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Thursday, October 25, 2012

Why Fish Oil Isn’t Dead

By Maryann Tomovich Jacobsen, MS, RD

Fish Oil Supplements

It seems everywhere you turn fish oil is being called out as a fraud. Whether it’s not making kids’ brains smarter or no longer protecting against cardiovascular disease, this dietary trend is being called into question.

Fish oil contains two (almost) essential fatty acids: docosahexaenoic acid (DHA) and eicosapentaenoic acid (EPA), which can only be made by the body in limited amounts.

Here’s why I think these beneficial fats are vital in the American diet despite what you hear on the news.

We need it from the very beginning

Over the last 20 years omega-3 fats like DHA have been found to be vital even before day one. During the second half of pregnancy, fetuses increasingly accrue DHA, which ends up making half the total fatty acids in the retina (eye), a critical component of brain tissue. In her book, Ultimate Omega 3 Diet, Evelyn Tribole, MS, RD, equates the need for DHA in brain development to how calcium and vitamin D is needed for strong bones.

A report from the joint FAO/WHO Expert on Fat and Fatty Acids (2008) says the evidence is convincing regarding DHA’s essential role in retinal and brain development from 0 to 24 months of age. This is why it is now added to formula and recommended as a supplement for pregnant and breastfeeding women.

Why we get less DHA today

According to an NIH study published in the American Journal of Clinical Nutrition, the biggest change in the 20th century food supply has been a 1000-fold increase in soybean oil. While soybean oil contains some beneficial fat, it also is high in omega-6 fatty acids.

It is also hypothesized that, before the industrial revolution, people got more DHA and EPA in everyday foods than they do now. That’s because cows ate grass instead of corn, therefore milk, cheese, and meat contained more of these beneficial fats. Fish intake, the greatest source of DHA and EPA, has stayed relatively constant.

This trend of higher intakes of omega-6 fats and lower intakes of omega-3 fats changes the proportion of these fats in fatty tissue, which has been linked to a variety of diseases, including psychiatric and cardiovascular disease and neurodevelopment deficits in children.

Why DHA is not a Flash in the Pan

Unfortunately, without this background information, people get confused about the stories in the media, such as this one in Forbes. The study cited in this article was published in the September issue of The Journal of the American Medical Association, and it concluded that fish oil doesn’t lower heart disease risk.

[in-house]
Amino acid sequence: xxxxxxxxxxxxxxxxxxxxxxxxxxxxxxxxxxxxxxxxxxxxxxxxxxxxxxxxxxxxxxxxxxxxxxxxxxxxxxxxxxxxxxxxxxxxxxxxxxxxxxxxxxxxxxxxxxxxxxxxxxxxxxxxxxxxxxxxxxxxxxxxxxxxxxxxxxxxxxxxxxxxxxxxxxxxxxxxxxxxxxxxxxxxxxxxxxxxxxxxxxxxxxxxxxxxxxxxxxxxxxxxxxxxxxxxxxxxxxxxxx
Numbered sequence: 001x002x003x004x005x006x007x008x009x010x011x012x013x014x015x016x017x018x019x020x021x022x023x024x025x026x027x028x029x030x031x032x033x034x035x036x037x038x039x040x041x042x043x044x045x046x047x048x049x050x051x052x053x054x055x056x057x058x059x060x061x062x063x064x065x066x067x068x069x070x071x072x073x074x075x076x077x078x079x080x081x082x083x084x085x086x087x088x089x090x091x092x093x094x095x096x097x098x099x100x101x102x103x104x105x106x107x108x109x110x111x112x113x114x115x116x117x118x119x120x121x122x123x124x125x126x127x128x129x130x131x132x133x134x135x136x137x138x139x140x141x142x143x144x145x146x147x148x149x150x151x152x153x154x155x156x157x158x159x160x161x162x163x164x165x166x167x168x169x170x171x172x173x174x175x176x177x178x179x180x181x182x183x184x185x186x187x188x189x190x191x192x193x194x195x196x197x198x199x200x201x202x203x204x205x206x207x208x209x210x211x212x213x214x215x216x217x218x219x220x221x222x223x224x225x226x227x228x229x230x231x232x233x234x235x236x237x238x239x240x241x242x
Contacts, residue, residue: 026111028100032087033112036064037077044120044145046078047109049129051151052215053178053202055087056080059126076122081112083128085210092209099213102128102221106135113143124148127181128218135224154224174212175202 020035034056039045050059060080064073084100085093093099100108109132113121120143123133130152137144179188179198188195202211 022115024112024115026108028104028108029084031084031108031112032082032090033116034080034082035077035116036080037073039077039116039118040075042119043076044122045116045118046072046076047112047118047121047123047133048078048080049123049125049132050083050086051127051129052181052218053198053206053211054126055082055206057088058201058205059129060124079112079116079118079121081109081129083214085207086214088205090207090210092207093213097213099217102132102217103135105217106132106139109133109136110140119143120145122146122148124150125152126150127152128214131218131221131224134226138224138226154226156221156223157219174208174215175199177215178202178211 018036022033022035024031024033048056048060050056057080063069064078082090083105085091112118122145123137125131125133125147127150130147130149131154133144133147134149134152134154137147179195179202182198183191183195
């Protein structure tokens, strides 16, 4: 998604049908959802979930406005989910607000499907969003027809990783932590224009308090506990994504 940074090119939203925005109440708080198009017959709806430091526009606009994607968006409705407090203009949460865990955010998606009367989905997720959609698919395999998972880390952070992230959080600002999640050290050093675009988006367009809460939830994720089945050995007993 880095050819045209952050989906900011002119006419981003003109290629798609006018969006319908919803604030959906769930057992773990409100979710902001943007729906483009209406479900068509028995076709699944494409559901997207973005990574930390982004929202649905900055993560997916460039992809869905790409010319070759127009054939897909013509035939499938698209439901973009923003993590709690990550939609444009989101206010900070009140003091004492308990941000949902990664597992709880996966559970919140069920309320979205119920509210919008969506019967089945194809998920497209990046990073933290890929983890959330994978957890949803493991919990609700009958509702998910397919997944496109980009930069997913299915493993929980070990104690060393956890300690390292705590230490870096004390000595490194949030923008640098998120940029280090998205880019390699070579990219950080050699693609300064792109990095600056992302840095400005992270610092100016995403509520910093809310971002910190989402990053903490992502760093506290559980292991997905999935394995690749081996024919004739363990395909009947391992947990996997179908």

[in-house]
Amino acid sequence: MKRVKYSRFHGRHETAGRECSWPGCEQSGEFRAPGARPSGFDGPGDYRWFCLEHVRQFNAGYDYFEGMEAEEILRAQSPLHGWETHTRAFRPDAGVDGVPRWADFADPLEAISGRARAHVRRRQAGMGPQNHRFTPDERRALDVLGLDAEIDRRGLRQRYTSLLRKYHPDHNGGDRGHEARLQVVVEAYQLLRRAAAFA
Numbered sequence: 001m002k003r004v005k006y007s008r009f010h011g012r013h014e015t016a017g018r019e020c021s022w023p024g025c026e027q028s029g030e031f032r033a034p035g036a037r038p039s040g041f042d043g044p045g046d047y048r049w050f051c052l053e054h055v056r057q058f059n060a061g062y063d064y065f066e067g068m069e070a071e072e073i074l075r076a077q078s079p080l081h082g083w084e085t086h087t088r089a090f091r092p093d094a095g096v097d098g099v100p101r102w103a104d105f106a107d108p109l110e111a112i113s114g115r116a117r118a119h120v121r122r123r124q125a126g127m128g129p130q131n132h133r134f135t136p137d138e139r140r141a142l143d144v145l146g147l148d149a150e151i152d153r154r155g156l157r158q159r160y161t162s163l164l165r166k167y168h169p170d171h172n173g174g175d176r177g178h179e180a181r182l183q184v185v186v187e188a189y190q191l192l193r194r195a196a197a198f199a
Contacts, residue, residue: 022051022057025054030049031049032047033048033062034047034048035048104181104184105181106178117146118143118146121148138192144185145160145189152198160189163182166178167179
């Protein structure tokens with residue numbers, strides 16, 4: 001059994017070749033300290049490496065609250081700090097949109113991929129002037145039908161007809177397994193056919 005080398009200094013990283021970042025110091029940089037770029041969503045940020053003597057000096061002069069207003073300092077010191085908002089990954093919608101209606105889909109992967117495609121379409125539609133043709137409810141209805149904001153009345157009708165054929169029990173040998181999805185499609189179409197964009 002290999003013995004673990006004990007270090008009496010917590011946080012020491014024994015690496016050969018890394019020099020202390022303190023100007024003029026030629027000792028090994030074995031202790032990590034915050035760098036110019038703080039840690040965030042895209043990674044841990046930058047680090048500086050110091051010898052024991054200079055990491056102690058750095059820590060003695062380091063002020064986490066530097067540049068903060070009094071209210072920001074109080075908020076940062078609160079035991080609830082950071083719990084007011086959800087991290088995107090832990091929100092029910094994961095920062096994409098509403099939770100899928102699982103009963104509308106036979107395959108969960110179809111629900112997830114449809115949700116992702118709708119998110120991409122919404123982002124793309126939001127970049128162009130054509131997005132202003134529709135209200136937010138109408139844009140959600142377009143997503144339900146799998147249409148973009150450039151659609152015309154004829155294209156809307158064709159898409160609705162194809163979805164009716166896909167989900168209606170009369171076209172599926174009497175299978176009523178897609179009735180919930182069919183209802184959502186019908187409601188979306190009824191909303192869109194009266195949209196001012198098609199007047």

“This study had some basic flaws,” says Tribole. “They didn’t measure compliance, there was no background information on omega-6 intake, and there was no omega-3 index done, a test that measures DHA and EPA in fatty tissues”

Tribole explains that this is an ongoing issue, as many people complain that taking fish oil results in fishy burps. And the benefits of fish oil get murky when people consume high levels of omega-6 fatty acids because these fats compete for the same enzymes as omega-3s, crowding them out.

The real issue

“The real issue is Americans don’t get enough omega-3s in their diet,” says Tribole. “If people aren’t consuming 10 ounces of fish per week, they aren’t getting enough and can benefit from taking fish oil.”

While there are international recommendations for DHA/EPA, the U.S. is still behind in setting Recommended Daily Allowances. International recommendations range from 100-250 mg of DHA/EPA for children 2 to 10 and 500 mg for older children and adults.

According to a 2011 study published in the British Journal of Nutrition, children from age 2 to 19 only get 45 mg of DHA/EPA while adults consume between 120-150mg. This means, as a population, we are getting less than half of what many experts believe is needed to prevent disease and maximize health.

In a world where there are fewer sources of DHA and EPA, and these fatty acids clearly play a role in health and development, fish oil supplements become important to fill in gaps. But instead of looking at these fats as a cure-all, let’s figure out how much we actually need from age 2 onward. Without doing that, we risk the public giving up on what they perceive as a trend, instead of what it really is — a necessary component of a healthy diet.

How do you feel about fish oil? Hype or a necessary part of the diet?

Photo: iStockphoto

Posted by: Maryann Tomovich Jacobsen, MS, RD at 6:08 am


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